Have you recently been to a concert or sporting event that got so loud you couldn't hear the person next to you? Do you work with loud equipment or blast the music in your earbuds when a good song comes on? Most people are around loud noises more often than they realize, but they don't understand the effect that noise, or that earbuds, has on their hearing. Noise-induced hearing loss (NIHL) is a rapidly growing effect, seen on children as young as 6 years old. There are many reasons that people suffer from NIHL, but one of the most common is listening to loud music through earbuds for extended periods of time.

To fully understand the repercussion that noise and earbuds have on your hearing, it is vital to first understand how your ears work. Within each of our ears we have, among many parts, an ear drum and a cochlea. Each time a sound is made, sound waves travel throughout the air. Once the sound waves enter your ear they first hit your ear drum. Vibrations are then sent to three small bones within your ear   the hammer, the anvil and, lastly, the stirrup. Once the vibrations have been sent to the stirrup, they are received by the cochlea, a snail-shaped cavity. The cochlea is home to thousands of nerve endings called cilia which receive the vibrations and send the sound messages to your brain. Your brain translates the sound and tells you what you are listening to.

Like me, you probably learned about this process in middle school and forgot all of the intricate details. Today, the most important thing you can remember about this process is the fragile state of the cilia, which are tiny hairs that are very sensitive to loud noises. Prolonged exposure to loud sounds can actually injure or kill your cilia. Once damaged or killed by loud sound, the cilia are unable to heal or grow back, and as a result your hearing is permanently damaged.



Sound is measured in units called decibels. The lowest level of sound is zero decibels, which is complete silence. A whisper is around 30 decibels, a refrigerator hums at 40, typical conversation is held at 60, a chain saw supplies 100 decibels of sound, a personal stereo maxes out at 105 and an ambulance siren sends warnings at 120. Once noise reaches 85 decibels of sound it can damage your cilia and put you at risk for NIHL; listening to 85 decibels of sound for a lengthened amount of time has been found to be the cause of gradual hearing loss for many kids and adults. When you choose to listen to sound, unprotected, at 100 decibels for more than 15 minutes, you are permanently damaging and killing your cilia and subjecting yourself to NIHL. Don t forget that most personal stereo systems max out at 105 decibels and when people listen to something for more than one minute at 110 decibels, they are in danger of permanent hearing loss.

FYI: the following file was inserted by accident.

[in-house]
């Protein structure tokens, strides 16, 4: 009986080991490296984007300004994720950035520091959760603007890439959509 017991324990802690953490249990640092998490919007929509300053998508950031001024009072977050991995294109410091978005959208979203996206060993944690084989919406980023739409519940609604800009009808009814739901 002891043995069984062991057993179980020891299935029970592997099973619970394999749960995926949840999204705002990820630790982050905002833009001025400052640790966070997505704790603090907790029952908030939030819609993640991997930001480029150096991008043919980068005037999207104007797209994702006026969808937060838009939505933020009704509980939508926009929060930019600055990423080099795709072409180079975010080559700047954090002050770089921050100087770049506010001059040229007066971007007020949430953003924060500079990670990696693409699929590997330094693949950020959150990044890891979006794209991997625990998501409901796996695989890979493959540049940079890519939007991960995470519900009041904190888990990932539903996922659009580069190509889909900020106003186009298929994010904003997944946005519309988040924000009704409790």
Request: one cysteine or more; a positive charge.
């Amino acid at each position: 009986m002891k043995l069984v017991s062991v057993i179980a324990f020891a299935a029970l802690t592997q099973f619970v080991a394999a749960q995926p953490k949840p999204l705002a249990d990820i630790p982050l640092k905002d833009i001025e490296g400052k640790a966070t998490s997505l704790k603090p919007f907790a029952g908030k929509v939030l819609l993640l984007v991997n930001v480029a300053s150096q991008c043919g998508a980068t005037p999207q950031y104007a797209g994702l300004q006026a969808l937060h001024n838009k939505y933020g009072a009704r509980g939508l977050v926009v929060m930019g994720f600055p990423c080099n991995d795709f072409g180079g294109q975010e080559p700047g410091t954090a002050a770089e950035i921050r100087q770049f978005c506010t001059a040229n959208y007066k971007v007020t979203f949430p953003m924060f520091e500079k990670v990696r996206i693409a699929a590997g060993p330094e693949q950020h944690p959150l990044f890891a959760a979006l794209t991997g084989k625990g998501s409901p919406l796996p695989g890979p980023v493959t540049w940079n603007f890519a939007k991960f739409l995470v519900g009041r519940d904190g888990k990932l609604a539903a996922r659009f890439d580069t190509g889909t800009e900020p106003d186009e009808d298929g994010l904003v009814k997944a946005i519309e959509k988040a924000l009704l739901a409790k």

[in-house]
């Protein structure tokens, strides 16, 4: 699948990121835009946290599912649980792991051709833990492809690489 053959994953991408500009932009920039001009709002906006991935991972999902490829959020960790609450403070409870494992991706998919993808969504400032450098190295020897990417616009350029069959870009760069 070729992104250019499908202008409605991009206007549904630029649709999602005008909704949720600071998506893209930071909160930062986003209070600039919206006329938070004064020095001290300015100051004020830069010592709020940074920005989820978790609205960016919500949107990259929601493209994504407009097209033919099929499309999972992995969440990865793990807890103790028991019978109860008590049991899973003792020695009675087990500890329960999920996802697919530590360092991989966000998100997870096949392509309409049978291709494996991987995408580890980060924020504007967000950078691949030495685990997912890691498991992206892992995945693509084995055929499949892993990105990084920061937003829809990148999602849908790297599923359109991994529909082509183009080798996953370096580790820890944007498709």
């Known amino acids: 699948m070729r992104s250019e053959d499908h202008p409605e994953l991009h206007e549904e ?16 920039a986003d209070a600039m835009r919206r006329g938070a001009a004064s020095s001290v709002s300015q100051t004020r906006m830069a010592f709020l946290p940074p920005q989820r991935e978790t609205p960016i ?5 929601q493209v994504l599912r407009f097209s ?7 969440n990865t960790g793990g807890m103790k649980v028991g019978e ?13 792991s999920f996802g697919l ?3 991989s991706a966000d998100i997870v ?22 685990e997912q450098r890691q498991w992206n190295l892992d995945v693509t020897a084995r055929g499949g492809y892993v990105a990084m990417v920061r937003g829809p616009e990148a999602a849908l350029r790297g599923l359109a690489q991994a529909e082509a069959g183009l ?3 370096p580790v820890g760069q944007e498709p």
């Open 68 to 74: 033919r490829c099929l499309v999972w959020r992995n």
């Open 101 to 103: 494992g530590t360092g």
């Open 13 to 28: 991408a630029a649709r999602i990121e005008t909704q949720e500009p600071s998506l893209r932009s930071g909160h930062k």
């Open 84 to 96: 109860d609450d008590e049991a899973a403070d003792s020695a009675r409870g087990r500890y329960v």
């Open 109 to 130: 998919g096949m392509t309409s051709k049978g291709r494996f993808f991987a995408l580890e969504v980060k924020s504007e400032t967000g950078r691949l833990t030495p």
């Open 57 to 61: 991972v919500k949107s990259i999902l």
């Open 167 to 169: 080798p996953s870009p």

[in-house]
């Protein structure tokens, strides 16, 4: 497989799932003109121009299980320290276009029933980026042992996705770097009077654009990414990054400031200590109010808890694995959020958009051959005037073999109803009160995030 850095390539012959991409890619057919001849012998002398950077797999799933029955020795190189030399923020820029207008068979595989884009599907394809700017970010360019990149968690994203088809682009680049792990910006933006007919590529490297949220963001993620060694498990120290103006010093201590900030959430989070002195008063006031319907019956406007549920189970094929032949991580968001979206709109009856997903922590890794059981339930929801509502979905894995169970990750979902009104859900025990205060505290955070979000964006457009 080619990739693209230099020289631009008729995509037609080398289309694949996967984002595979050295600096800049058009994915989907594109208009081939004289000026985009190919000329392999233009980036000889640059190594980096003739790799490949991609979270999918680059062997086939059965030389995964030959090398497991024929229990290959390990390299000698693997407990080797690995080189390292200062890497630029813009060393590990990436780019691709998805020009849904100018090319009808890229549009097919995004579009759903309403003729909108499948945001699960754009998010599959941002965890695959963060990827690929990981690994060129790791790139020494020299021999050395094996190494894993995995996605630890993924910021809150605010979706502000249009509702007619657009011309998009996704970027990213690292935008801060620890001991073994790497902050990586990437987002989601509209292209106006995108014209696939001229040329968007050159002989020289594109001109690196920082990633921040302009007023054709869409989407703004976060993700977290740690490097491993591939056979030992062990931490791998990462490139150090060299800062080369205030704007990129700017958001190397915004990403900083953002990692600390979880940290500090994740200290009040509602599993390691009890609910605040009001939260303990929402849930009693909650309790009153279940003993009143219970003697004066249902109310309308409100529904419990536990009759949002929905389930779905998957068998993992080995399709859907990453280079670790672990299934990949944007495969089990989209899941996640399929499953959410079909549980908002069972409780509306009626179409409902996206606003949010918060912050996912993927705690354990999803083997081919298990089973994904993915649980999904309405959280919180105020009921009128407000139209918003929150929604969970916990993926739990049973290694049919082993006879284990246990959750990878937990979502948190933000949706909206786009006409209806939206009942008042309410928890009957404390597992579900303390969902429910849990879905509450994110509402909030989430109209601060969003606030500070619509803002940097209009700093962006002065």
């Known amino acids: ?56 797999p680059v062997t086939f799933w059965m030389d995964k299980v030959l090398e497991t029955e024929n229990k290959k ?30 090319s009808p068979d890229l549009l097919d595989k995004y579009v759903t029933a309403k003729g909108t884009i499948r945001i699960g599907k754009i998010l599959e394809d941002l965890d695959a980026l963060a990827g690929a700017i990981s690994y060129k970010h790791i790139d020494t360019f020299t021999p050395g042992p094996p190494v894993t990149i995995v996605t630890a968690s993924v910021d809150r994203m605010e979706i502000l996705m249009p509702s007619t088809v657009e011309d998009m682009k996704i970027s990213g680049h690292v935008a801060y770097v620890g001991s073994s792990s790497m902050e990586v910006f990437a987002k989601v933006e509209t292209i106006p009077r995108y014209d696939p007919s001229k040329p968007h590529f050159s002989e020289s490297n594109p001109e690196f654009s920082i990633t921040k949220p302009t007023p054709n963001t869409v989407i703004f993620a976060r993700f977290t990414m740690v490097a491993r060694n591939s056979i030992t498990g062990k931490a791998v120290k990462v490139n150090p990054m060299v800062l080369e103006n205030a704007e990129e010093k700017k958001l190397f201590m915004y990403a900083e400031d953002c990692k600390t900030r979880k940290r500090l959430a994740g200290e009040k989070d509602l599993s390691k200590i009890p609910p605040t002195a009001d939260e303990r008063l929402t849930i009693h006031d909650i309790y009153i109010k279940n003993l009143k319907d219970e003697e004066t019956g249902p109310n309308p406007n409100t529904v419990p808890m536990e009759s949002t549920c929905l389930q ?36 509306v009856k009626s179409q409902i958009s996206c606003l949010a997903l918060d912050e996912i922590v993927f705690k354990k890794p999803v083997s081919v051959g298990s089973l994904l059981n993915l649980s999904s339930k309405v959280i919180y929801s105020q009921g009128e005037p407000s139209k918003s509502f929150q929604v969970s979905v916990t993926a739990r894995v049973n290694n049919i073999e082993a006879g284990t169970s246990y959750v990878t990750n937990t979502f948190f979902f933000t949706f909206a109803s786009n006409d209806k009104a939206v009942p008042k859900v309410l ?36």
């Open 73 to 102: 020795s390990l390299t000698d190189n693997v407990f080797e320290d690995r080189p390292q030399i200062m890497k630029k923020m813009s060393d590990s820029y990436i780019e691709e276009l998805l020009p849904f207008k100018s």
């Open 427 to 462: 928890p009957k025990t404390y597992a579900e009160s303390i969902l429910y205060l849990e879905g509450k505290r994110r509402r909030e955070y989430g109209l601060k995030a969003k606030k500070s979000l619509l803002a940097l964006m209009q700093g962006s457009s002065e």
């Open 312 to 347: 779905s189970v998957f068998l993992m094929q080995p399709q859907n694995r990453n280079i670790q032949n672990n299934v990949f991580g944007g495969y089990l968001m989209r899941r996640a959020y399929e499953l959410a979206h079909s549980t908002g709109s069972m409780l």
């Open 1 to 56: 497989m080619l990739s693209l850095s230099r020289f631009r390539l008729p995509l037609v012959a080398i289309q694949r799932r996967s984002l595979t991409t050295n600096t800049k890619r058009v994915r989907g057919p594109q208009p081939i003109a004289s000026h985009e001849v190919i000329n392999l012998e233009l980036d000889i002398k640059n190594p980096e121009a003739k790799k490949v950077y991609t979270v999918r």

Think how much damage you can do to your hearing if you stick in your earbuds and blast your music at 90 decibels during your commute to school or work. The National Center for Chronic Disease Prevention and Health Promotion reports that nearly 12.5 percent of children ages 6-19 within the United States have damaged hearing or permanent hearing loss because of the amount of time they spend listening to loud music. That s close to 5.2 million children and teens with permanently damaged hearing. They have also found that 17 percent of adults ages 20-69 within the United States have suffered the same effects due to the volume of their music. That s roughly 26 million adults.

We are fortunate to have so many modern conveniences, including earbuds, at our disposal. Earbuds are a convenient way to listen to music for several reasons: they block out more noise than most headphones, they came with several rubber earbud tips to provide a custom fit for your ear, they aren t as big or bulky as headphones and you don t have to worry about someone knocking them off the top of your head. Earbuds truly are more convenient in many ways; however, it is important to pay attention to the facts and dangers of using earbuds improperly. If you like engaging in conversation or listening to music, help your hearing last a lifetime; whether you are using earbuds, stereo headphones, a car stereo, or a music player at your house, watch the volume level and protect yourself from NIHL.

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